About Utah :
The state of Utah is located in Western United States. Also known as "Beehive State", it is the 13th largest state by area, 31st most populous state, and the tenth least densely populated state in the US. Salt Lake City is the state capital and also the largest city in the state. Utah has 29 counties.
History of Utah
Paleolithic people inhabited the Great Basin region's water sources, which had an abundance of food. The swamps and marshes around Great Basin were inhabited by them as these places provided them with plenty of food options such as birds, fish and other animals. The Fremont culture, between 600 and 1300 AD, flourished in the areas that had been previously populated by the Desert Archaic people. At least five Native American groups - the Goshute, the Paiute, the Shoshone, and the Ute people - were present when the first European explorers arrived. The southern region of the state was explored by the Spanish explorer Francisco Vasquez de Coronado in 1540.
After the discovery of the Great Salt Lake in 1824, many American and Canadian traders established posts in the region. Followers of The Church of Jesus Christ of Latter-day Saints (LDS), known as Mormon pioneers, arrived in the Salt Lake Valley on July 24, 1847. By 1850, they were able to achieve territorial status over the region. Statehood was officially granted to Utah on January 4, 1896. Today, the state is a hub of transportation, education, mining, and tourism.
Geography of Utah
Comprising an area of 84,899 square miles, the state's physical features range from arid deserts to pine forests. It borders Idaho to the north, Wyoming to the northeast, Colorado to the east, Nevada to the West, and Arizona to the south. Utah is part of the Four Corners, which is the only point in the US where four state borders meet.
The state is divided into three distinct regions: the Colorado Plateau in south and southeast, Basin and Range in the west, and the Middle Rocky Mountains in central Utah. The state has five national parks: Arches, Bryce Canyon, Canyonlands, Capitol Reef, and Zion National Park. Great Salt Lake, Utah Lake, Sevier Lake, and Rush Lake are major water bodies in the state. Significant rivers in Utah include the Green River, San Juan River, Logan River, and White River. With an elevation of 4,125 meters, Kings Peak is the highest point in Utah.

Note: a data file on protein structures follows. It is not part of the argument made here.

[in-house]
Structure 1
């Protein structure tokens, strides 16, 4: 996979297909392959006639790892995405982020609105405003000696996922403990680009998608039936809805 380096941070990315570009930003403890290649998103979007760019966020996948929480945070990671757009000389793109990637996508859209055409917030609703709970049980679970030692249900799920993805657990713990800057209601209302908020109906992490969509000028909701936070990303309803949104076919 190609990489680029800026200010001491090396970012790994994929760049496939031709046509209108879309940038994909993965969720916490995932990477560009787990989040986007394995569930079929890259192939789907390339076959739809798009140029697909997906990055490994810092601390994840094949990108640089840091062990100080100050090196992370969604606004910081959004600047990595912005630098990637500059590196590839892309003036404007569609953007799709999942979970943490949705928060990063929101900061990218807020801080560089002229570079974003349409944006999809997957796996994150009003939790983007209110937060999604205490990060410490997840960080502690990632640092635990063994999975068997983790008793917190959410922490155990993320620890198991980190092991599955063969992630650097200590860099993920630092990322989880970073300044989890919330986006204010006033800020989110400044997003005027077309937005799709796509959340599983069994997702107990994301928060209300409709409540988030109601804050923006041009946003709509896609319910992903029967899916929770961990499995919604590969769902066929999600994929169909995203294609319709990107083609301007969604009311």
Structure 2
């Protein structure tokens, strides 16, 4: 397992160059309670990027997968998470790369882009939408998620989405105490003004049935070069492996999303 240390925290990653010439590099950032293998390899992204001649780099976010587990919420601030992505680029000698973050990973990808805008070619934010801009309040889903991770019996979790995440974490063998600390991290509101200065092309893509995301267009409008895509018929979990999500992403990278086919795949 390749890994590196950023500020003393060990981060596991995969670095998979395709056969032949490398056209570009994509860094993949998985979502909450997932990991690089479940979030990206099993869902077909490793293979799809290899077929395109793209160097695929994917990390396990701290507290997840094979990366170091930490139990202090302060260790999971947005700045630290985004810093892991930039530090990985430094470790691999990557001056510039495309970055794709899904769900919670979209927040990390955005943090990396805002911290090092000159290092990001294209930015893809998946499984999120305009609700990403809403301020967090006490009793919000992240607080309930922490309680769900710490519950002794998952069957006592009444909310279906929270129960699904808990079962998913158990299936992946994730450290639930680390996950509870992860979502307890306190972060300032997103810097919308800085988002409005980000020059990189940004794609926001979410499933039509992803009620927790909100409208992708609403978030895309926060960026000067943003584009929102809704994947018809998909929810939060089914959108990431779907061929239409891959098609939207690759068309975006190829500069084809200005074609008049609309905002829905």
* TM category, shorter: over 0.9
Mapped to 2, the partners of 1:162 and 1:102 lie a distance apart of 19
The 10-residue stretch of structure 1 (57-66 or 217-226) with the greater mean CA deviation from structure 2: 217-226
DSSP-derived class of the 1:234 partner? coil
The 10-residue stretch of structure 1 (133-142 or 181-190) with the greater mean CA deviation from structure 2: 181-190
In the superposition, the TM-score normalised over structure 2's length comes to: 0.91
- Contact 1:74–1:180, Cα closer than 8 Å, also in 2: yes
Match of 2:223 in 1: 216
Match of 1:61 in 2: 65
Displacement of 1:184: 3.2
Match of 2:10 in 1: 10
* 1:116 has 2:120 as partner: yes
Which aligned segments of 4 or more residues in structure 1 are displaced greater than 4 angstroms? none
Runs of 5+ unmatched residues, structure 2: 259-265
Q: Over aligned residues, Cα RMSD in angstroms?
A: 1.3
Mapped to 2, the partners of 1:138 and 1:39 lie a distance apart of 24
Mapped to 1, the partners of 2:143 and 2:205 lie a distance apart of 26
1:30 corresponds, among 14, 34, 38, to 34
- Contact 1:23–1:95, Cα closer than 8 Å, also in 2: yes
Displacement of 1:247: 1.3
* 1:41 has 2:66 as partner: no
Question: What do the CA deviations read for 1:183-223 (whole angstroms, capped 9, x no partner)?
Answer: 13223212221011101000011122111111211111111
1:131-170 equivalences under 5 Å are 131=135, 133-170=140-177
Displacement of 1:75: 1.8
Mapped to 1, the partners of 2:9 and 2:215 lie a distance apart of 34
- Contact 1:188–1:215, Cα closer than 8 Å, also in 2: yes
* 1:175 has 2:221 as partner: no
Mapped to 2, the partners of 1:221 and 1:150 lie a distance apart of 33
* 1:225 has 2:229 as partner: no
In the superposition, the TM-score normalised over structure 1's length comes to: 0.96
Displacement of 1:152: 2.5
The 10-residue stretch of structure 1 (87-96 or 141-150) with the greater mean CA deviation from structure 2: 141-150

Travel Destinations in Utah
Between alpine forests and dramatic deserts, Utah offers a little bit of everything. The skiing resorts are world-famous, with the Deer Valley in Park City offering upscale amenities and is often named as one of the top ski resorts in America. The Monument Valley, famous for its stunning crimson-colored mesas, is perhaps the most iconic landmark in the American West.
The Grand Staircase-Escalante National Monument, notable for sandstone canyons, is 1.9 million acres of unspoilt wilderness. Other notable must-visit attractions in Utah include the Temple Square, Hogle Zoo, Gilgal Sculpture Garden, and Lake Powell. The lake lies in the Glen Canyon National Reservation Area, encompassing 186 miles, with sandy beaches, red-rock landscape, and crystal blue waters.
Transportation in Utah
- Salt Lake City International Airport (SLC) is the primary gateway to Utah.
- Amtrak's California Zephyr runs through the state with stops in Green River, Helper, Provo, and Salt Lake City.
- I-15 (north-to-south) and I-80 (east-to-west) are the main interstate highways in the state.
Education in Utah
There are over 2,000 educational institutions scattered across cities and rural areas of the state. Among the most notable universities are the University of Utah in Salt Lake City, Brigham Young University in Provo, and Utah State University in Logan. The state's flagship institution, University of Utah, offers more than 92 graduate degree programs.
Facts about Utah
Last Updated on: February 21, 2020
- The Great Salt Lake in northern Utah is the largest saltwater lake in the Western Hemisphere.
- Mountains in Utah have an average elevation of 11,222 feet, which is the highest of any US state.